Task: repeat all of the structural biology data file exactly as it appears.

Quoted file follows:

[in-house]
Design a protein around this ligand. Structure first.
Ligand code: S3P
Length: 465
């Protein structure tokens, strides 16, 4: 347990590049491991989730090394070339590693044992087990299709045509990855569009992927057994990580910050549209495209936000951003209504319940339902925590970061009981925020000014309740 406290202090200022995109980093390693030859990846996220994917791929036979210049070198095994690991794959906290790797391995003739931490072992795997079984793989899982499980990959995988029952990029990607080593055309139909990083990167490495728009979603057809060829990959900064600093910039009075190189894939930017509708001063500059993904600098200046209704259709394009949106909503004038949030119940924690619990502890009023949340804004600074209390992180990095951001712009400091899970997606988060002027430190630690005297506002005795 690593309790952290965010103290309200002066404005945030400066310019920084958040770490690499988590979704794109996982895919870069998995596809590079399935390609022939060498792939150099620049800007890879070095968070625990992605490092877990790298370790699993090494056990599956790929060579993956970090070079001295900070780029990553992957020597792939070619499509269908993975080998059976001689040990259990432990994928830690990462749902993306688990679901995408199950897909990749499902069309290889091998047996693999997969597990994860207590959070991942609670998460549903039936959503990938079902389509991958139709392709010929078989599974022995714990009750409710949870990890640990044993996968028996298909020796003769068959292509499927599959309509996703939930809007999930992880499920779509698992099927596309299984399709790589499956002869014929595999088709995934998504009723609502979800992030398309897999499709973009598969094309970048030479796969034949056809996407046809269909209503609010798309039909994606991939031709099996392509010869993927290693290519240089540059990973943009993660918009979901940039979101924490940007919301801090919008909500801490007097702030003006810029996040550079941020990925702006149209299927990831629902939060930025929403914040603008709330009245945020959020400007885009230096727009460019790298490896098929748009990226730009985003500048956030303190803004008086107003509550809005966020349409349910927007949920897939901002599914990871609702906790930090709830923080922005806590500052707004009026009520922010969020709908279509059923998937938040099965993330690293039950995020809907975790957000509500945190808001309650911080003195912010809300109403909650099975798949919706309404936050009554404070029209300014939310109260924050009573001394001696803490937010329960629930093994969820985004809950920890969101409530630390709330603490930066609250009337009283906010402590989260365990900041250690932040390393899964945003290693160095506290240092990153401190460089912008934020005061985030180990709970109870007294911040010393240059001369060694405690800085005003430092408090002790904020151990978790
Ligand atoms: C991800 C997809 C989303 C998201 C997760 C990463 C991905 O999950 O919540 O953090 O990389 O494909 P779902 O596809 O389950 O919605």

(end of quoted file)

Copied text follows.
[in-house]
Design a protein around this ligand. Structure first.
Ligand code: S3P
Length: 465
């Protein structure tokens, strides 16, 4: 347990590049491991989730090394070339590693044992087990299709045509990855569009992927057994990580910050549209495209936000951003209504319940339902925590970061009981925020000014309740 406290202090200022995109980093390693030859990846996220994917791929036979210049070198095994690991794959906290790797391995003739931490072992795997079984793989899982499980990959995988029952990029990607080593055309139909990083990167490495728009979603057809060829990959900064600093910039009075190189894939930017509708001063500059993904600098200046209704259709394009949106909503004038949030119940924690619990502890009023949340804004600074209390992180990095951001712009400091899970997606988060002027430190630690005297506002005795 690593309790952290965010103290309200002066404005945030400066310019920084958040770490690499988590979704794109996982895919870069998995596809590079399935390609022939060498792939150099620049800007890879070095968070625990992605490092877990790298370790699993090494056990599956790929060579993956970090070079001295900070780029990553992957020597792939070619499509269908993975080998059976001689040990259990432990994928830690990462749902993306688990679901995408199950897909990749499902069309290889091998047996693999997969597990994860207590959070991942609670998460549903039936959503990938079902389509991958139709392709010929078989599974022995714990009750409710949870990890640990044993996968028996298909020796003769068959292509499927599959309509996703939930809007999930992880499920779509698992099927596309299984399709790589499956002869014929595999088709995934998504009723609502979800992030398309897999499709973009598969094309970048030479796969034949056809996407046809269909209503609010798309039909994606991939031709099996392509010869993927290693290519240089540059990973943009993660918009979901940039979101924490940007919301801090919008909500801490007097702030003006810029996040550079941020990925702006149209299927990831629902939060930025929403914040603008709330009245945020959020400007885009230096727009460019790298490896098929748009990226730009985003500048956030303190803004008086107003509550809005966020349409349910927007949920897939901002599914990871609702906790930090709830923080922005806590500052707004009026009520922010969020709908279509059923998937938040099965993330690293039950995020809907975790957000509500945190808001309650911080003195912010809300109403909650099975798949919706309404936050009554404070029209300014939310109260924050009573001394001696803490937010329960629930093994969820985004809950920890969101409530630390709330603490930066609250009337009283906010402590989260365990900041250690932040390393899964945003290693160095506290240092990153401190460089912008934020005061985030180990709970109870007294911040010393240059001369060694405690800085005003430092408090002790904020151990978790
Ligand atoms: C991800 C997809 C989303 C998201 C997760 C990463 C991905 O999950 O919540 O953090 O990389 O494909 P779902 O596809 O389950 O919605």